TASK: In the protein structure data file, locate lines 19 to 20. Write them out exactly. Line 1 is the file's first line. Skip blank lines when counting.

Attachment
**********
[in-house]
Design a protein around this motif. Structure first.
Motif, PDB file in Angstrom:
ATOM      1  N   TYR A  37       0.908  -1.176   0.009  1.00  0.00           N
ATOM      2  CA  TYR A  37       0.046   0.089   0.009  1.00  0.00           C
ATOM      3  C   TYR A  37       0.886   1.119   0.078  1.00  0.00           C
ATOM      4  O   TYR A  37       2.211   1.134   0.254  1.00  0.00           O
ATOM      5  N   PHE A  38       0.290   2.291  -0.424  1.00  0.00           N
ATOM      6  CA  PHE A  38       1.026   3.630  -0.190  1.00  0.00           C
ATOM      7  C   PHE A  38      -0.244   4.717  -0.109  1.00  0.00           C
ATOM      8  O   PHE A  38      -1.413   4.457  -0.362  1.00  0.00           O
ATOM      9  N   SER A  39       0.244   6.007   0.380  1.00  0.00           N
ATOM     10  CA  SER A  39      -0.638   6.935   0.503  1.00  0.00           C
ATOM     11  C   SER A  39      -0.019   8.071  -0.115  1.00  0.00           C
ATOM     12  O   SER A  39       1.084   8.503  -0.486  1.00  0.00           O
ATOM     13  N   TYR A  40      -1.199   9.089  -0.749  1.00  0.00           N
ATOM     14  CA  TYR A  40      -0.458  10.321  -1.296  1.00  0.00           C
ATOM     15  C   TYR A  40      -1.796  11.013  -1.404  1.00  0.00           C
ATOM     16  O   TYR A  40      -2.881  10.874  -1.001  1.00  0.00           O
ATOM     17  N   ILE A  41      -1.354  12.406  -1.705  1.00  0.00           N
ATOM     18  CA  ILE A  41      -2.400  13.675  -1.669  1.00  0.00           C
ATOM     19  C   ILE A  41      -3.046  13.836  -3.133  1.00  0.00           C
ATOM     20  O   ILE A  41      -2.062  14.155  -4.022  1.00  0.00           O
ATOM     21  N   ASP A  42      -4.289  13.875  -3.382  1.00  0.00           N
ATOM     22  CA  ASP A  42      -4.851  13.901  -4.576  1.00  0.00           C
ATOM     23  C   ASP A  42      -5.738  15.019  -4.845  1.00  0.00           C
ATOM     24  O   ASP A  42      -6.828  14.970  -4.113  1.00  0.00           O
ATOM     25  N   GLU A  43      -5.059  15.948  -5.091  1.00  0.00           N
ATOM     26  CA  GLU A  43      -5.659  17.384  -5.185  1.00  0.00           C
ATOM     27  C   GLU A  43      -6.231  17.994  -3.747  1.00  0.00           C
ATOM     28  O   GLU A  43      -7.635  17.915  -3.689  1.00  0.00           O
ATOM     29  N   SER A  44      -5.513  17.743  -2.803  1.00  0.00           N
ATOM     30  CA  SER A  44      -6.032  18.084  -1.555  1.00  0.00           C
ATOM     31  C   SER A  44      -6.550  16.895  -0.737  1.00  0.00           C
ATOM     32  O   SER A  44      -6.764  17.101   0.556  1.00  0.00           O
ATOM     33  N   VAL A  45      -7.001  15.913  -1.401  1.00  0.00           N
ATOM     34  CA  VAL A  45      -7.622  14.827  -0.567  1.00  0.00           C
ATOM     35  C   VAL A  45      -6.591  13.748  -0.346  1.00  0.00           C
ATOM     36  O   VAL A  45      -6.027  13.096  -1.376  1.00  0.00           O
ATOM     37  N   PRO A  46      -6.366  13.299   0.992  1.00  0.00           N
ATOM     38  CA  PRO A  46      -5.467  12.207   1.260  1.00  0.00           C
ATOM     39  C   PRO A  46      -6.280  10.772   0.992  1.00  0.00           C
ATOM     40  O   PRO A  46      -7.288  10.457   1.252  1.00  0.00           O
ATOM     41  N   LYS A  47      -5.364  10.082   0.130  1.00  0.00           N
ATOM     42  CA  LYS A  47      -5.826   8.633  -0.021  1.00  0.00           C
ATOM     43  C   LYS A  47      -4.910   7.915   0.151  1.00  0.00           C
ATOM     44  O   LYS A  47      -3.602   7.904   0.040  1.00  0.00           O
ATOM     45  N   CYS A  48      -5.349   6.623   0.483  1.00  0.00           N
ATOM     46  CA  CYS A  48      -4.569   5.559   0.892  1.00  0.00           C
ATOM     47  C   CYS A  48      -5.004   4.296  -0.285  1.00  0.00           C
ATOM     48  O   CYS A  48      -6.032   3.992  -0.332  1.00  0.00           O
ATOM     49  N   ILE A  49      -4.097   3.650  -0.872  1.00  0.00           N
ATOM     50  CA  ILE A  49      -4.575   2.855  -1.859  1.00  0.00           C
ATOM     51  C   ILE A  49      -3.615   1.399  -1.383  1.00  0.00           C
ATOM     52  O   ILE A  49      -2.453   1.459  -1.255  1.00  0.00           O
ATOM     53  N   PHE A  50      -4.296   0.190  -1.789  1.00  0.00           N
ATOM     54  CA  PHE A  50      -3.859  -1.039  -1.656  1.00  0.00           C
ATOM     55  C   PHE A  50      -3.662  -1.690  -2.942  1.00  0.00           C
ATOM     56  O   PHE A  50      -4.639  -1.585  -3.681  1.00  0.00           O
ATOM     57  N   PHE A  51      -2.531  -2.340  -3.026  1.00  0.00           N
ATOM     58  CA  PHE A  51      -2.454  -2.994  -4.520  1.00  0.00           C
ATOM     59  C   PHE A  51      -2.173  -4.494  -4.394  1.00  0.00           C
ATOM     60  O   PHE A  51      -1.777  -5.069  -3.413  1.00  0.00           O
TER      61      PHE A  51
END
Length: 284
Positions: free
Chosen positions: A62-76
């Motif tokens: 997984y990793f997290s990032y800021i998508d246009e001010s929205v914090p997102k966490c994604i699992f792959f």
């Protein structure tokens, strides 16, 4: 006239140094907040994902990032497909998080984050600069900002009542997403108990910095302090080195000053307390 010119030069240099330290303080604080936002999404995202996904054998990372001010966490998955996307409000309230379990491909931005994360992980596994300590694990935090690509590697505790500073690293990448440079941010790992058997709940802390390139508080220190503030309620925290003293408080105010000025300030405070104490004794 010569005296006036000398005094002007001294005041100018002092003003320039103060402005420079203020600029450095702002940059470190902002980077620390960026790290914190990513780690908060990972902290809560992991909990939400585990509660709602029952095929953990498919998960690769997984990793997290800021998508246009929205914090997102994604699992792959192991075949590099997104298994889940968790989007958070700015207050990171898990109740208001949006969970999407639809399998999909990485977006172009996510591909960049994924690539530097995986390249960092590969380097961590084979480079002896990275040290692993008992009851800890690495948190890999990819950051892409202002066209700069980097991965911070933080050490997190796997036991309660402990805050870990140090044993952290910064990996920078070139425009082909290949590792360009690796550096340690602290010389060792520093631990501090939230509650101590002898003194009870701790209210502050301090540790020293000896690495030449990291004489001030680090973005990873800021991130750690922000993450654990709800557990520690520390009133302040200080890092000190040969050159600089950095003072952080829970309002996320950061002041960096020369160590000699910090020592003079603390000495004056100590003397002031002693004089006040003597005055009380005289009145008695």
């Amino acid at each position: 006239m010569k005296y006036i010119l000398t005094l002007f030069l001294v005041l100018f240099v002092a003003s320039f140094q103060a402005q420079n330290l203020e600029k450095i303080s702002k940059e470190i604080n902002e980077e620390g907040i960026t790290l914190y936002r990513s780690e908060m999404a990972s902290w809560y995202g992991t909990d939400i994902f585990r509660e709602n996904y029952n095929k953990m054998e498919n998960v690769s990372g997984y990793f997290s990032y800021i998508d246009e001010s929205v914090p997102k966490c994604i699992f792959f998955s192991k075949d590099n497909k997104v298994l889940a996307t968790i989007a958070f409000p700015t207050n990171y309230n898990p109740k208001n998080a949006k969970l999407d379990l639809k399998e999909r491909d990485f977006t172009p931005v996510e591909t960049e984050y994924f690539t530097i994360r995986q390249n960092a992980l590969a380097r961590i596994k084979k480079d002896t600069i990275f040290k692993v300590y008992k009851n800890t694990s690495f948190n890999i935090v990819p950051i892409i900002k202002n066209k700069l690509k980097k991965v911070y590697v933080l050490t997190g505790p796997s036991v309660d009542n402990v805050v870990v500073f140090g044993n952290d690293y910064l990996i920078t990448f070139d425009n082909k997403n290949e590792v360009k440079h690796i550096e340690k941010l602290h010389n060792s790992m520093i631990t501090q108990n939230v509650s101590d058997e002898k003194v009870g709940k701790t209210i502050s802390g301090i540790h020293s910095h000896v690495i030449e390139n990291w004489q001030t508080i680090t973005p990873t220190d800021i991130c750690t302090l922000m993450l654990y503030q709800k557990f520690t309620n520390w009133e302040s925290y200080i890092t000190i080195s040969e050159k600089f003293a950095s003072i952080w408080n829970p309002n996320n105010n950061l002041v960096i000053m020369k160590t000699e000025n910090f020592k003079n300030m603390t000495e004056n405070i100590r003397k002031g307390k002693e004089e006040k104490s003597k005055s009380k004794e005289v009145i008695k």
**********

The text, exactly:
ATOM     16  O   TYR A  40      -2.881  10.874  -1.001  1.00  0.00           O
ATOM     17  N   ILE A  41      -1.354  12.406  -1.705  1.00  0.00           N